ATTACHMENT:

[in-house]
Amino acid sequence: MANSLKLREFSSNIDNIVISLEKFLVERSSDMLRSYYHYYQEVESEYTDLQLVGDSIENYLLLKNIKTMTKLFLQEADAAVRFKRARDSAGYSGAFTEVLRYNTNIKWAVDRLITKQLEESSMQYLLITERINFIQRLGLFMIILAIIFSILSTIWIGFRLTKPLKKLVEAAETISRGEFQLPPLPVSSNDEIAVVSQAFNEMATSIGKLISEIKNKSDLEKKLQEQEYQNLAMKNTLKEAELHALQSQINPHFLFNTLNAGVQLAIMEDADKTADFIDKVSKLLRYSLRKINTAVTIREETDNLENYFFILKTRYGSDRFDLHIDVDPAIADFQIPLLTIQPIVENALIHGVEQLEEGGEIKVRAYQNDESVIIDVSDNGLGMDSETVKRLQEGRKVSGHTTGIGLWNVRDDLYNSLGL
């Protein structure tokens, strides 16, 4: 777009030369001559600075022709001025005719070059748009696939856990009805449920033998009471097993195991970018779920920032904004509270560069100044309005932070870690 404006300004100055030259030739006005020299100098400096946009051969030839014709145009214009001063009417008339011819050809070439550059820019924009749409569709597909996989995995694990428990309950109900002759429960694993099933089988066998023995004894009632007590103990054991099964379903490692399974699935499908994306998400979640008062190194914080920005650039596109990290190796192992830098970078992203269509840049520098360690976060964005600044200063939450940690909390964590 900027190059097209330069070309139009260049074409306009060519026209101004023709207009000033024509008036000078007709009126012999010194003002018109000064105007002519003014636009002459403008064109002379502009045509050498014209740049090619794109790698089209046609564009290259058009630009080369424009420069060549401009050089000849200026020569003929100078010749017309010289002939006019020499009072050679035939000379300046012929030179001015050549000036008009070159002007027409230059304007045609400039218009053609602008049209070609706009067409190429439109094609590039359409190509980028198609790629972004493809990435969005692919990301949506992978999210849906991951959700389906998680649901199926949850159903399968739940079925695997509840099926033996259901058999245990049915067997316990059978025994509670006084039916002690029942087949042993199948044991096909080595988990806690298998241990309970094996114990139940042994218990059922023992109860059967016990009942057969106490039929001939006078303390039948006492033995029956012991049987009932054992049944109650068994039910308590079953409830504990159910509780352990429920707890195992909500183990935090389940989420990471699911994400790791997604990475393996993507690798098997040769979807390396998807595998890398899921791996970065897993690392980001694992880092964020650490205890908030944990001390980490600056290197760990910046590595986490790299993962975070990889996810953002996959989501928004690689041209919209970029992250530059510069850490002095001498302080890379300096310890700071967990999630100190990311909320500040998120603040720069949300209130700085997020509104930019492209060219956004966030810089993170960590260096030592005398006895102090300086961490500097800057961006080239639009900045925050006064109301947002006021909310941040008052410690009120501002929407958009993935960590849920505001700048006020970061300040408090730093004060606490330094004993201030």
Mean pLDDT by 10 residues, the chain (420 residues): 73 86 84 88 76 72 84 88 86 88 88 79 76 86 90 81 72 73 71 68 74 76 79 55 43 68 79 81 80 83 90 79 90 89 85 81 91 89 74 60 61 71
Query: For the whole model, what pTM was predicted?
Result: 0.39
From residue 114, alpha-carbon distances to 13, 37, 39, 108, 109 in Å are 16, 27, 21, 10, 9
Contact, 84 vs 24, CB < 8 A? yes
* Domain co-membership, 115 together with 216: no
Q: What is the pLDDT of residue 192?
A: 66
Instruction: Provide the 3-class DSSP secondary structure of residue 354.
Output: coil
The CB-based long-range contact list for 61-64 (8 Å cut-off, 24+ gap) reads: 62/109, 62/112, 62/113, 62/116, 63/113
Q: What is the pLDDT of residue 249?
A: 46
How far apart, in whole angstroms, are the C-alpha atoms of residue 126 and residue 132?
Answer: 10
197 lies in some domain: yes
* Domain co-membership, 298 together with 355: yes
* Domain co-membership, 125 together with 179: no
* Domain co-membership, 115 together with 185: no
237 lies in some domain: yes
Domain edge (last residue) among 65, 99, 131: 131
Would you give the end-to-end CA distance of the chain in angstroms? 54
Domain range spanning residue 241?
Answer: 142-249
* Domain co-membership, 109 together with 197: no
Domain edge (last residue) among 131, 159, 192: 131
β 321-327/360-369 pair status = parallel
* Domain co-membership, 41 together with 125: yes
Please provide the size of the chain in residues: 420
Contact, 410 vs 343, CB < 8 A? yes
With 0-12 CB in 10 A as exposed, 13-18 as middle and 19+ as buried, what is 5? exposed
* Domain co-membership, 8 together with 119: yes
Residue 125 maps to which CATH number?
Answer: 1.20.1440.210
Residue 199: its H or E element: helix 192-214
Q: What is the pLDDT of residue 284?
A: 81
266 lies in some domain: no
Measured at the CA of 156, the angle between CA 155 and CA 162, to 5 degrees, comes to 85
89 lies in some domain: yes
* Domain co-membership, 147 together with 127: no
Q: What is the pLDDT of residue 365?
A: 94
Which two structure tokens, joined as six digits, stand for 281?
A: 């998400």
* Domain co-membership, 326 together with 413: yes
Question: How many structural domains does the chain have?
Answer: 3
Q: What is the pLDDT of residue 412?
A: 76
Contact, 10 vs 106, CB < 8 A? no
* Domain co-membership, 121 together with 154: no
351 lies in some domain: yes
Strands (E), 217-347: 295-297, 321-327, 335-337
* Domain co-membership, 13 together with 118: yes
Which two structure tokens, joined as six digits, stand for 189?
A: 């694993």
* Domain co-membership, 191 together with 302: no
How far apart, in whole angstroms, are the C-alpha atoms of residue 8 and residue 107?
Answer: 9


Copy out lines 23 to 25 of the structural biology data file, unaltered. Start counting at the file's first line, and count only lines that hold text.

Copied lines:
237 lies in some domain: yes
Domain edge (last residue) among 65, 99, 131: 131
Would you give the end-to-end CA distance of the chain in angstroms? 54